Back at the despatch box agane

Michael Gove enjoys another chance to cause chaos

Artillery Row Portcullis Sketch

Just when he thought he was out, they pulled him back in. Michael Gove, whose career in frontline politics was declared dead just months ago by no less a person than Michael Gove, was at the despatch box on Thursday. He’d been on his feet for less than ten minutes when he received a bollocking from the Speaker. Some ministers are chastened by such moments. The worry with Gove is always that he enjoys them.

The Levelling-Up Secretary, as he is once again, was there to explain why he’d decided to give permission for a coal-mine in Cumbria. He does this sort of thing perfectly well, but you can’t escape the thought that he’d present the other side of the argument equally fluently. On this occasion he had points to make about steel production and so on, but it was hard to escape the thought that Gove, a newspaper columnist at heart, just really likes provoking people. 

Lindsay Hoyle rose to his feet, furiously waving a piece of paper

And getting told off. When Gove had finished, Lindsay Hoyle rose to his feet, furiously waving a piece of paper. The convention in parliament is that ministers’ statements are given to the opposition and the Speaker in advance, but Gove had said far more than was written down. “We do not work like that,” Hoyle said. He announced a five-minute recess, to get a copy of Gove’s actual words. 

Twelve minutes later, we were back. Gove had, it turned out, been ad-libbing, and an even angrier Hoyle said he’d have to finish his statement after Business Questions, to give the record-keepers at Hansard time to transcribe his words. “This is not the way to do good government,” the Speaker grumped, though it’s unclear what evidence he’s seen that the Conservatives have the slightest interest in that.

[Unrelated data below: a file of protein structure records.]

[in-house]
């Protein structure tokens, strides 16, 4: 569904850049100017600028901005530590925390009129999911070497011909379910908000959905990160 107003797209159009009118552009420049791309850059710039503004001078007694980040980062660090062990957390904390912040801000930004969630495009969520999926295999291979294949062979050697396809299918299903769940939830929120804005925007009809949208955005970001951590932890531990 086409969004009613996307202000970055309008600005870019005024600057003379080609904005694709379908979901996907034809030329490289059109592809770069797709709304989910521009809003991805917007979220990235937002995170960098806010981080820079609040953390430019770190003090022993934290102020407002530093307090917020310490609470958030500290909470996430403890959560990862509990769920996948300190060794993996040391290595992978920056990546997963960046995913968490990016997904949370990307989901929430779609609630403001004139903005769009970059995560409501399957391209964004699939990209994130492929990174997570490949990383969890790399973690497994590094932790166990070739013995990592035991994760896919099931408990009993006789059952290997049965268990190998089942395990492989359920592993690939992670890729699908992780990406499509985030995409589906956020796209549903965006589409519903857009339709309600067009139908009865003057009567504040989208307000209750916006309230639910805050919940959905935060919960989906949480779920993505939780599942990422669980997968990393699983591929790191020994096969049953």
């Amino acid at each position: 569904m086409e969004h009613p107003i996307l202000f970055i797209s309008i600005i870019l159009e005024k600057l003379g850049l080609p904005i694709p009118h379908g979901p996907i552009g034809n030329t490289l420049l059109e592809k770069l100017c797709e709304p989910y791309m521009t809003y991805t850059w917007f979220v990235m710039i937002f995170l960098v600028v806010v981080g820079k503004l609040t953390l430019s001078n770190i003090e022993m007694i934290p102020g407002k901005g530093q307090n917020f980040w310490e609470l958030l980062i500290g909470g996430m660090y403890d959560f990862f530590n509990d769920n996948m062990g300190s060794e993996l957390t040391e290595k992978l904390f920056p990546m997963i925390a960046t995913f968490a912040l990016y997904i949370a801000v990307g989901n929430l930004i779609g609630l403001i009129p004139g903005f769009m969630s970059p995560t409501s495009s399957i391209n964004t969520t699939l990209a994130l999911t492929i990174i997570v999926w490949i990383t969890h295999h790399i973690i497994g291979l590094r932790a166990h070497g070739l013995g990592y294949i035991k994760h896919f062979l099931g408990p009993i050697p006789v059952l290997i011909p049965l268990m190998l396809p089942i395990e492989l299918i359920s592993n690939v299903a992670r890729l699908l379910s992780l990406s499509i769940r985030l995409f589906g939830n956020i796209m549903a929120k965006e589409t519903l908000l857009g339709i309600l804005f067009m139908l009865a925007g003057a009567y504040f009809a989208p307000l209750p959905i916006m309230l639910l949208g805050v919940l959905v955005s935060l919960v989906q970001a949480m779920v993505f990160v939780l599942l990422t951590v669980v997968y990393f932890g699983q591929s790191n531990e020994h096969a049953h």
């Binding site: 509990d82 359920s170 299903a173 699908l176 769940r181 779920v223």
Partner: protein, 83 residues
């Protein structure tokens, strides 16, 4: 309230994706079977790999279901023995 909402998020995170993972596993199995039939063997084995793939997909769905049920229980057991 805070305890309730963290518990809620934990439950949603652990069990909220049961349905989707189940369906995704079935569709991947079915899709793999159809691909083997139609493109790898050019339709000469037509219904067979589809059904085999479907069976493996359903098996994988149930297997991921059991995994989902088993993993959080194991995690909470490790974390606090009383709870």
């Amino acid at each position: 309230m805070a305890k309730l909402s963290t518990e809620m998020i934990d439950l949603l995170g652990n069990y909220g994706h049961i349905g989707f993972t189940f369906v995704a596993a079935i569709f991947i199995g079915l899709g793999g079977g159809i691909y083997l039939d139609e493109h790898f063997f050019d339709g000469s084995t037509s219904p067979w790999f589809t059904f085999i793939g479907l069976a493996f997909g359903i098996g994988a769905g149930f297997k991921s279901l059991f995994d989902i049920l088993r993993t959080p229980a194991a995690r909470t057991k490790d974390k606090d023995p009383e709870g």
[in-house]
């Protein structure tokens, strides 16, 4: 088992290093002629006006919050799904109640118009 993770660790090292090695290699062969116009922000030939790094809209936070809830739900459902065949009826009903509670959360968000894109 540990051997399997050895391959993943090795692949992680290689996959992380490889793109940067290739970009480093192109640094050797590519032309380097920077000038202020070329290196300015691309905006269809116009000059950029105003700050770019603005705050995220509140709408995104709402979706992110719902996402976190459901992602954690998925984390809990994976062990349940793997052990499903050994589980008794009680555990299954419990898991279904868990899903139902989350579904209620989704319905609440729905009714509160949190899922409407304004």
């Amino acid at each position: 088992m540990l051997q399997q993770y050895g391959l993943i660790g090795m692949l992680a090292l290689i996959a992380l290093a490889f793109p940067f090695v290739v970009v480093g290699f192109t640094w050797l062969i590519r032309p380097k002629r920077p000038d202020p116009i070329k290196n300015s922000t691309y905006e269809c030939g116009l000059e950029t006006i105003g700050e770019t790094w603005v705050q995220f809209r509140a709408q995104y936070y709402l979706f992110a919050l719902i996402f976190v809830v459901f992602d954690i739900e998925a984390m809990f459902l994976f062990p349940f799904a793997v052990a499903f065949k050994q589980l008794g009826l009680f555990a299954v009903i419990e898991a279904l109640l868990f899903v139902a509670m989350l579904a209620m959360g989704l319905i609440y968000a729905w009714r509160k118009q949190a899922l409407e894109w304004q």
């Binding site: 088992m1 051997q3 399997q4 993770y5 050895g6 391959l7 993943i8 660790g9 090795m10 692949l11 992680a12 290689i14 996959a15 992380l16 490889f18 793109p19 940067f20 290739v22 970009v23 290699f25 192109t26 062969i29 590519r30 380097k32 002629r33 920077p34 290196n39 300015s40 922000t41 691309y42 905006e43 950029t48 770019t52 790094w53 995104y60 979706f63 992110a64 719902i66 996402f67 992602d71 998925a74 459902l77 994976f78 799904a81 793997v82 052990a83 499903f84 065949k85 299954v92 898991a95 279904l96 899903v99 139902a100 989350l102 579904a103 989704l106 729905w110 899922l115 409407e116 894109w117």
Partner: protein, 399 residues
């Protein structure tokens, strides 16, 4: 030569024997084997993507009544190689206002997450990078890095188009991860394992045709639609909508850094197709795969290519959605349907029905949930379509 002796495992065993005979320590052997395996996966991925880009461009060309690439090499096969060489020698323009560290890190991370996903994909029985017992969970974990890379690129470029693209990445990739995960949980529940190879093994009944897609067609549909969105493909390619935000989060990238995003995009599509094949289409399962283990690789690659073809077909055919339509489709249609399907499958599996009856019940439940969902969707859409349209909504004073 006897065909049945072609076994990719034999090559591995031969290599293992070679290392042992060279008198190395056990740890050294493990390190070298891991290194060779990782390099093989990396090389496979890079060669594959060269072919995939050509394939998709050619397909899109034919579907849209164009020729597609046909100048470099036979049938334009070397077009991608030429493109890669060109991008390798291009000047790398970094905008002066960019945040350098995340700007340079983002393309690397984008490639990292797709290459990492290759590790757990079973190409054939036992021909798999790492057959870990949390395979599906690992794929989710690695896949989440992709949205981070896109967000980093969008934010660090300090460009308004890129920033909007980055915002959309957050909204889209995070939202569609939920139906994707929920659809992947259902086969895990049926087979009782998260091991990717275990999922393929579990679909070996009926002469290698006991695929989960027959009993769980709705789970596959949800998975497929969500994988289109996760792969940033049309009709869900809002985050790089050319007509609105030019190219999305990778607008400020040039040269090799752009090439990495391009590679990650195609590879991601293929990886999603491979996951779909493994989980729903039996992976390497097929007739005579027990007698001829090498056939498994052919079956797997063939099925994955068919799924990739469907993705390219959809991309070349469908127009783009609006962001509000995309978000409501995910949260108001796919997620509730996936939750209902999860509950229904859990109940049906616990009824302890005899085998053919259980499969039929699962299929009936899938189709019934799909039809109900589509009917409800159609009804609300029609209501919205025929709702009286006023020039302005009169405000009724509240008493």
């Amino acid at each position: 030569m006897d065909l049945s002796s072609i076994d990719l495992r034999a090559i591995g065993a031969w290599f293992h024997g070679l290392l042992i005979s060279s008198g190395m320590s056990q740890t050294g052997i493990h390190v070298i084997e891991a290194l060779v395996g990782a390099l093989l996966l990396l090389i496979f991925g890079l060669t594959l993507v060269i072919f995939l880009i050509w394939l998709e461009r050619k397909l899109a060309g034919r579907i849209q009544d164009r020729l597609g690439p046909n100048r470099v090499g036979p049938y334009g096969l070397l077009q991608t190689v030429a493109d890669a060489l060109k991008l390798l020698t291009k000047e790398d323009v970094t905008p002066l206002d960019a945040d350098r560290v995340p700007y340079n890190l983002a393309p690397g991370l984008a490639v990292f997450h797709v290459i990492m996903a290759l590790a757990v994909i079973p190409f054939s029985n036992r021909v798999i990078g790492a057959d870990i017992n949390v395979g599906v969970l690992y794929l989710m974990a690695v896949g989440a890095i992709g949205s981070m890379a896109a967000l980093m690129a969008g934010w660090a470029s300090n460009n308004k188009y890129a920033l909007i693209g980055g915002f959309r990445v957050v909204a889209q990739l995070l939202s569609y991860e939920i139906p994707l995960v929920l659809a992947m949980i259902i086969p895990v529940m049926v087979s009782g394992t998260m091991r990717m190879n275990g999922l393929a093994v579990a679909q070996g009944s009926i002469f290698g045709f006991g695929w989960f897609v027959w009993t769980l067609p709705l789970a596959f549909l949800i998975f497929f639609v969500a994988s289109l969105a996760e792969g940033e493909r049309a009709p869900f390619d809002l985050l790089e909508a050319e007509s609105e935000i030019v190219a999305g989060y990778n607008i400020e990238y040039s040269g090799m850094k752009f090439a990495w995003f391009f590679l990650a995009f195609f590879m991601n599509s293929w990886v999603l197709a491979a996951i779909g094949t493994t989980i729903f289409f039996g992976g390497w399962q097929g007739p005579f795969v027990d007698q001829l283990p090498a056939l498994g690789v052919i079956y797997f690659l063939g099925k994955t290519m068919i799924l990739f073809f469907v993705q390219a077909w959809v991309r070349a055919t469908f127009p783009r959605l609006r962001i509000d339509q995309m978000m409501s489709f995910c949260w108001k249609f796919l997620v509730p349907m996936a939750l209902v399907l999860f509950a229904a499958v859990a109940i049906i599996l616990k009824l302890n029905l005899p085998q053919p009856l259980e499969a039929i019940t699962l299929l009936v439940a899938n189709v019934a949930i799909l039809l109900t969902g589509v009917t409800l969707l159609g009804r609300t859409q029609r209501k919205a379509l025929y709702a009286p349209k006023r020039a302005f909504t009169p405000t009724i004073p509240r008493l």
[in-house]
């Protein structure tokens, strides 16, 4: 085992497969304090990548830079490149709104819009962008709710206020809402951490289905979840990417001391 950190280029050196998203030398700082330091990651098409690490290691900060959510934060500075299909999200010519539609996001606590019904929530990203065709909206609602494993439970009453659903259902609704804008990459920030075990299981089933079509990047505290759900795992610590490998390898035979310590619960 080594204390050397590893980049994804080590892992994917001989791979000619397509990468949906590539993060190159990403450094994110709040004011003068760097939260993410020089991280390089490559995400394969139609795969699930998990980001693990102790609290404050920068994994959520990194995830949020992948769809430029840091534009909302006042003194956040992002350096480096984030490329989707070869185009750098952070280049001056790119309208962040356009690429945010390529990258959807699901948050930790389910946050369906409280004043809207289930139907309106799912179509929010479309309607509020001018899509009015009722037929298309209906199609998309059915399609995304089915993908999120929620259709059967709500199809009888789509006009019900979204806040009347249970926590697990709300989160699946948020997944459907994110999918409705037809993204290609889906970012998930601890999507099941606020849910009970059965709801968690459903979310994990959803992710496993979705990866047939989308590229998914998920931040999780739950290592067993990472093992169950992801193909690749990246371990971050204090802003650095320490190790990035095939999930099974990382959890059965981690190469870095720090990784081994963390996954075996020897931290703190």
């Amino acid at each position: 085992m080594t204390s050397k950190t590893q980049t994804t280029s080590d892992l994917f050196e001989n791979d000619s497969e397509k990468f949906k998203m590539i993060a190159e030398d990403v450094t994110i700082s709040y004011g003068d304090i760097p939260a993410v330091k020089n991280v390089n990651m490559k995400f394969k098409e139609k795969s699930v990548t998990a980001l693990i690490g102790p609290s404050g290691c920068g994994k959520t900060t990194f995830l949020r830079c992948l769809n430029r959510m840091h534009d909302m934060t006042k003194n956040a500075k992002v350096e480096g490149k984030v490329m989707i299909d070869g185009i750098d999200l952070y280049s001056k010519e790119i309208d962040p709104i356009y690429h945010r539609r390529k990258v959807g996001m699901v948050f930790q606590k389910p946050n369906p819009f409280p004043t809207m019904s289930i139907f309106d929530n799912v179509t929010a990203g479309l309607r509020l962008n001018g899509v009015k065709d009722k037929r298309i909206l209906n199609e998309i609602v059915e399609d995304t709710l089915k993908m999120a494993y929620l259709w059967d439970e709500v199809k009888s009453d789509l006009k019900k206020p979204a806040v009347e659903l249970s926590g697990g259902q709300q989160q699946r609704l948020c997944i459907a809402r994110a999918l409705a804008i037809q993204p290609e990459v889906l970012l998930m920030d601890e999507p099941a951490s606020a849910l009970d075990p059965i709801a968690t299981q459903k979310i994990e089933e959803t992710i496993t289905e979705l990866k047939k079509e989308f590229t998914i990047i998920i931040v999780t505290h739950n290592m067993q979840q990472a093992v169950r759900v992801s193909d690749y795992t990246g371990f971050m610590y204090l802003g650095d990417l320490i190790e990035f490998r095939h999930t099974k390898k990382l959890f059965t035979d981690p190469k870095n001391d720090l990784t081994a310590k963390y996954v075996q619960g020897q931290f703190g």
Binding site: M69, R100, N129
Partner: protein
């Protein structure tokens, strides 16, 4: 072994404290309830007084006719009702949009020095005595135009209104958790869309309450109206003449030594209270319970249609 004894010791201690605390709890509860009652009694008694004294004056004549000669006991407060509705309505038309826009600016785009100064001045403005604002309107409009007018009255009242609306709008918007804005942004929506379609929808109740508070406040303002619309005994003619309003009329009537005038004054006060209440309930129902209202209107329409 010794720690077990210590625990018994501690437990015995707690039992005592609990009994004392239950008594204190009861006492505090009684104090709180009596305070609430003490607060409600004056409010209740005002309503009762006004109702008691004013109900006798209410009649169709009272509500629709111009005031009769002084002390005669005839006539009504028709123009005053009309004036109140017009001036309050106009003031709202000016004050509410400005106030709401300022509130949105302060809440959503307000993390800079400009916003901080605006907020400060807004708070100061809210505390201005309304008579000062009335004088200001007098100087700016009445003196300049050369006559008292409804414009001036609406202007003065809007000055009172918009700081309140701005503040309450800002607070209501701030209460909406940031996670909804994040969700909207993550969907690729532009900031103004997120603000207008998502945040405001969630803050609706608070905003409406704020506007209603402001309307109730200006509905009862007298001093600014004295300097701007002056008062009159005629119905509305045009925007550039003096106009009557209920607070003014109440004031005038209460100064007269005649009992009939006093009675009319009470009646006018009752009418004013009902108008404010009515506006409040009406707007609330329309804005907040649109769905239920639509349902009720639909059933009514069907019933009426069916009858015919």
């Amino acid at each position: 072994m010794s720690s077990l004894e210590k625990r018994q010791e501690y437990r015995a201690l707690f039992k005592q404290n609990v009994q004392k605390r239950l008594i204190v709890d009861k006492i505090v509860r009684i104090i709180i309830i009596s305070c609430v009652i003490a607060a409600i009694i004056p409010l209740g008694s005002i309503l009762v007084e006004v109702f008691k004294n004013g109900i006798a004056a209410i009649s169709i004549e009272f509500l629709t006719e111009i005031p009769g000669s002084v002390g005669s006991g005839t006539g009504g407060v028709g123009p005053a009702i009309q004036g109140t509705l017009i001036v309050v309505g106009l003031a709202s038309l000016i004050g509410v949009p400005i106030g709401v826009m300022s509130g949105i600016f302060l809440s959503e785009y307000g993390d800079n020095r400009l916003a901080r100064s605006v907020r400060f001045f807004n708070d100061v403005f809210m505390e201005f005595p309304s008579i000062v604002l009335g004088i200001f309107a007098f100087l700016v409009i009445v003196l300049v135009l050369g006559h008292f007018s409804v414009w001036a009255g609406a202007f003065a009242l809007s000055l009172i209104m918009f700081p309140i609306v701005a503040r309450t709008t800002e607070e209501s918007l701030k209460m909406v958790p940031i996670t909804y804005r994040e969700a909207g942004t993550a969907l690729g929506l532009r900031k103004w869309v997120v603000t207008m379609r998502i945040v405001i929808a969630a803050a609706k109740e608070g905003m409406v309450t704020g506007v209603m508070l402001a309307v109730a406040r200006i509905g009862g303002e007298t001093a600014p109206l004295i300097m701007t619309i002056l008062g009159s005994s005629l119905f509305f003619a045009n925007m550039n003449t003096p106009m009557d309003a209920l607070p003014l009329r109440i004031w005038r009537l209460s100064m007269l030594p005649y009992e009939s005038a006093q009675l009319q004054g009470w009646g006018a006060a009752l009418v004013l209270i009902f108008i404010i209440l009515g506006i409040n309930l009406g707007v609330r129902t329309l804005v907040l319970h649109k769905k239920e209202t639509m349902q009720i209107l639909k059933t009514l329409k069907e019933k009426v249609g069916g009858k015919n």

And so, with the House suspended, to Netflix, where we could watch the first chunk of Harry & Meghan. People once went to prison after hacking Prince Harry’s phone. The smarter thing, it turns out, would have been to give him a producer credit and ask him to transcribe his own text messages to his future wife. The internet has allowed the cutting out of all sorts of middlemen, and the summit is surely the fifth in line to the throne making millions from a documentary about himself. 

But life is short, and I feel that if you’re going to be the subject of a six-hour documentary, you ought to release “Let It Be” at the end of it. After twenty minutes I decided to respect Harry and Meghan’s desire to be left alone, and switched back to parliament.

“May I start by wishing everyone a Happy Christmas Jumper Day?” Penny Mordaunt, Leader of the House, began. She had chosen to mark the occasion by wearing a plain navy top under a plain navy jacket. It’s at moments like this that it’s worth remembering that in the recent leadership contests, Mordaunt was The One With A Personality.  

After a grovel on behalf of Gove, Mordaunt offered an interesting line on the NHS procurement scandal, first praising the businesses that “did their bit” to produce protective equipment before attacking “companies that were, frankly, profiteering”. It’s the right distinction, although it would be an easier one for ministers to make if one of the people under investigation wasn’t a Conservative peer. 

Finally, we returned to the Gove show. His Labour shadow, Lisa Nandy, took her turn to give him a kicking, saying he was delivering “chaos in this chamber and chaos in the country”. Where, Nandy asked, was the government’s sense of leadership and ambition?

The minister rose and, after offering Hoyle a brief apology, turned back to his opposite number: “I think we all know where the ambition and where the leadership is, and it’s sitting right across from me.” Nandy laughed heartily at that. If we had feared that the smack of parliamentary discipline would leave Gove downbeat and subdued, we couldn’t have been more wrong. He’s just grateful to have the chance to deliver chaos at all.

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